ArcelorMittal’s involvement ensures all available post-consumer packaging scrap is recycled
Steel is one the most recycled packaging materials in Europe with recycling rates hitting an all-time high of 82.5 percent in 2018. Its excellent recycling performance is largely due to the ease with which steel can be separated from other materials and the value of the steel to producers such as ArcelorMittal. Post-consumer packaging steel is collected by local authorities and sorted in dedicated packaging recovery centres where the steel is separated from other materials using a magnet.
However, the recycling process actually begins much earlier when the consumer chooses how they will dispose of the used packaging. Communication is essential to ensure they make the correct decision.
To improve the quality and quantity of steel scrap, ArcelorMittal plays an active role in the French waste recycling system. We work directly with municipalities and their waste collectors, national authorities, and steel packaging associations to enhance recycling at the point of collection and in sorting centres.
“As a recycler, ArcelorMittal guarantees that they will utilise the steel packaging that local authorities collect and sort,” says Sophie Génier, recycling director at Citeo. “ArcelorMittal monitors the quality of the recycled material produced by the sorting centres and works with us to define ways we can increase the collection, sorting, and recycling of steel packaging in France.”
Guide developed for sorting centres
To increase the quantity of material available for recycling, and improve scrap quality, ArcelorMittal also works directly with sorting centres. “Together with Ademe and Citeo, ArcelorMittal developed a guide to sorting steel packaging,” says Catherine Jung, environment and recycling manager for ArcelorMittal France.
“Published in June 2018, the guide has been widely distributed to all interested organisations and sorting centres. In France, ArcelorMittal is now consulted on the design of new sorting centres and improvements to existing facilities. ArcelorMittal also acts as a technical expert for sorting centres that have problems producing scrap to the level of quality we need. That enables us to recommend equipment and/or process improvements to create a very positive outcome for the centre and ArcelorMittal.”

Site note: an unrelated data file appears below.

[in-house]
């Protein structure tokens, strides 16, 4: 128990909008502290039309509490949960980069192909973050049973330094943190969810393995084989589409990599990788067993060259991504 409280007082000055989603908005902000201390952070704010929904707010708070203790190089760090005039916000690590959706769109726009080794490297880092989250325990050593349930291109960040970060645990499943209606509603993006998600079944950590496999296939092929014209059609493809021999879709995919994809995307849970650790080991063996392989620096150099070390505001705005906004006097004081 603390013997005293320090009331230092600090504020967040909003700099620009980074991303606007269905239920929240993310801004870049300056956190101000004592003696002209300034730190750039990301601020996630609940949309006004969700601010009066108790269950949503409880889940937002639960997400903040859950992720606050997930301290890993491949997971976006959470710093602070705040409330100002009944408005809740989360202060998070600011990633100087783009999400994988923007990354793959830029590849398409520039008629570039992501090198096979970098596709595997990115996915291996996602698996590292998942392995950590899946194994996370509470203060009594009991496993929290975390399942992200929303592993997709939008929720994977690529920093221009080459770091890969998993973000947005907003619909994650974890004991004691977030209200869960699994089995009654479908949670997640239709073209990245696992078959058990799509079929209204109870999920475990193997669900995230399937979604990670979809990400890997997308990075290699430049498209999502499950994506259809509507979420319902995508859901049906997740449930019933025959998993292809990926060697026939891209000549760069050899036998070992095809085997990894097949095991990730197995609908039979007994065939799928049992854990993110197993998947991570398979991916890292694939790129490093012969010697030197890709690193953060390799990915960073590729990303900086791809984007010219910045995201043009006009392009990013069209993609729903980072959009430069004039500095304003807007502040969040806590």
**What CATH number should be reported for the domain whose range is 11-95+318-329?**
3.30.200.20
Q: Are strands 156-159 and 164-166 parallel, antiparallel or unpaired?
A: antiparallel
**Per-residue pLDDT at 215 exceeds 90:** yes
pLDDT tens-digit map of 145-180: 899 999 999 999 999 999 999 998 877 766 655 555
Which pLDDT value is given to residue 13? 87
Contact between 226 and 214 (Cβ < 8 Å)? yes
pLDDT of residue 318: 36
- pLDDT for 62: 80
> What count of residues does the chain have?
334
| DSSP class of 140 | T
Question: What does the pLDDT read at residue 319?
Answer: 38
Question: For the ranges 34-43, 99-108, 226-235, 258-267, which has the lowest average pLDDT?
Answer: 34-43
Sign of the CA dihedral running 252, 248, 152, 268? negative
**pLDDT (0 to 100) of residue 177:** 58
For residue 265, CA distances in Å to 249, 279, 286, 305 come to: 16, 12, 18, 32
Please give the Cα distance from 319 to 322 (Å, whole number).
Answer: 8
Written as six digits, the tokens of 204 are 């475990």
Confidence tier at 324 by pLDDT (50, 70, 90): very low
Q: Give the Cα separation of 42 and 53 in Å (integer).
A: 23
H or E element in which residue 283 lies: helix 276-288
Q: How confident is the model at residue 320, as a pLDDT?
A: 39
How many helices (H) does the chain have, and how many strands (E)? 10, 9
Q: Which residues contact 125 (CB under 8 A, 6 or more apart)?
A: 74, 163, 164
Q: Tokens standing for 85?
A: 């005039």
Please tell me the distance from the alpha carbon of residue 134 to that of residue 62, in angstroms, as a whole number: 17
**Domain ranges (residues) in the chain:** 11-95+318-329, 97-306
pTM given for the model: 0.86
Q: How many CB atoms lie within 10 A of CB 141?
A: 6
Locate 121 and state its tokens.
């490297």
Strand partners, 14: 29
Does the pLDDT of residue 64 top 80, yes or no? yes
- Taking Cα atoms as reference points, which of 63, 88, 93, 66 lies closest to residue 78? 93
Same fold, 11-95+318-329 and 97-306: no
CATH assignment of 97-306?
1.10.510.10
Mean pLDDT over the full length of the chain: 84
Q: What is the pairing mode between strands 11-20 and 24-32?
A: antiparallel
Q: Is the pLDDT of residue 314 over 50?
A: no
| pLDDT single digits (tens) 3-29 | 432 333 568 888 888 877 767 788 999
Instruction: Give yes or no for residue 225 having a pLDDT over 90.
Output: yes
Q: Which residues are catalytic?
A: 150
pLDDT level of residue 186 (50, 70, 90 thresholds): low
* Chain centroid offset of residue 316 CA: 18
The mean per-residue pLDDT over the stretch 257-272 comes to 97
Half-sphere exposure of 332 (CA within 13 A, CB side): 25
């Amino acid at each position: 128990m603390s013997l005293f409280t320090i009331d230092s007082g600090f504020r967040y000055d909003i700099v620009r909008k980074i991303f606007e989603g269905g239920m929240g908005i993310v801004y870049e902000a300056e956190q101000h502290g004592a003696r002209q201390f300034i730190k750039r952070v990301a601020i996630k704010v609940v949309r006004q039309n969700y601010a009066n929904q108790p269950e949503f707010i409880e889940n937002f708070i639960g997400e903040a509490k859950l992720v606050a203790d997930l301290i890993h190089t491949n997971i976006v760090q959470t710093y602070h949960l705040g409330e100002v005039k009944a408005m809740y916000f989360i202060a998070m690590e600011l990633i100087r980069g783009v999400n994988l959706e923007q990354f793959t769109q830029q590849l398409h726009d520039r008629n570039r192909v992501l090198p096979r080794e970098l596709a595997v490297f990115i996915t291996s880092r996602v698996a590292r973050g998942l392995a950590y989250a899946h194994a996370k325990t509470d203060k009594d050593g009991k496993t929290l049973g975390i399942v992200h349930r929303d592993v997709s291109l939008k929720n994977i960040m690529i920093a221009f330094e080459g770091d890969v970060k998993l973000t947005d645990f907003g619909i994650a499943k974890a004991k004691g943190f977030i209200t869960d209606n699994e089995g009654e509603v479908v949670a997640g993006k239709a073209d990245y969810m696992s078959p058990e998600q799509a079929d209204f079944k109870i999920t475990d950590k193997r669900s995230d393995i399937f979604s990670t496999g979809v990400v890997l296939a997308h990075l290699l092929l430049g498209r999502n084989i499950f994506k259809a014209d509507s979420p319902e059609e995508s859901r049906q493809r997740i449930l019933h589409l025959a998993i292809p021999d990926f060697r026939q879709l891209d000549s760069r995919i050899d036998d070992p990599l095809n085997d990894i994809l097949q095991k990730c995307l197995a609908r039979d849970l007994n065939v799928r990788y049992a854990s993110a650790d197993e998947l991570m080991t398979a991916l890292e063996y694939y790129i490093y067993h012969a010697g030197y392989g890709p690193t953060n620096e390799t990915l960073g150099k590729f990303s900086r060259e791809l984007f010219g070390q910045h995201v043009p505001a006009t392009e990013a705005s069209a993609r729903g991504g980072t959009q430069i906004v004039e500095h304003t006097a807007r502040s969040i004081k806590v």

A recommendation from the guide to adjust the overband in longitudinal position instead of perpendicular
Working together with sorting centre operators, ArcelorMittal is able to audit the quality of the packaging steel in their facility. “We can also help them correctly identify the right scrap category so the steel plant knows what they are receiving,” notes Catherine Jung. “Scrap quality and traceability are essential for steel plants. If the scrap quality is not at the level expected, the load must go through an additional treatment to clean organic residues from the scrap. In these cases the Packaging Recycling team contacts the municipalities and sorting centres to discuss improvements which should be implemented.”
Direct involvement in packaging scrap recycling
A key focus for the future will be on consumer recycling of steels for packaging. “The role of the consumer is essential,” notes Claudie Mathieu, chief executive manager of SNFBM. “If they systematically apply the right sorting techniques, they will help to significantly increase the collection rate and recycling of steel packaging.”
Communication directly with consumers is vital to ensure steel packaging does not end up in landfill. In France, ArcelorMittal has worked with Citeo to explain the process and benefits of recycling steel packaging to consumers through a video which is available on YouTube.
The industry also needs to emphasise the benefits of steel including its infinite recyclability and role in helping Europe achieve its circular economy goals. Claudie Mathieu explains: “ArcelorMittal’s involvement gives us a real advantage in exchanges with our members and the various stakeholders who we address together. Their participation in the development of argumentations shows that the steel packaging industry speaks with one voice.”
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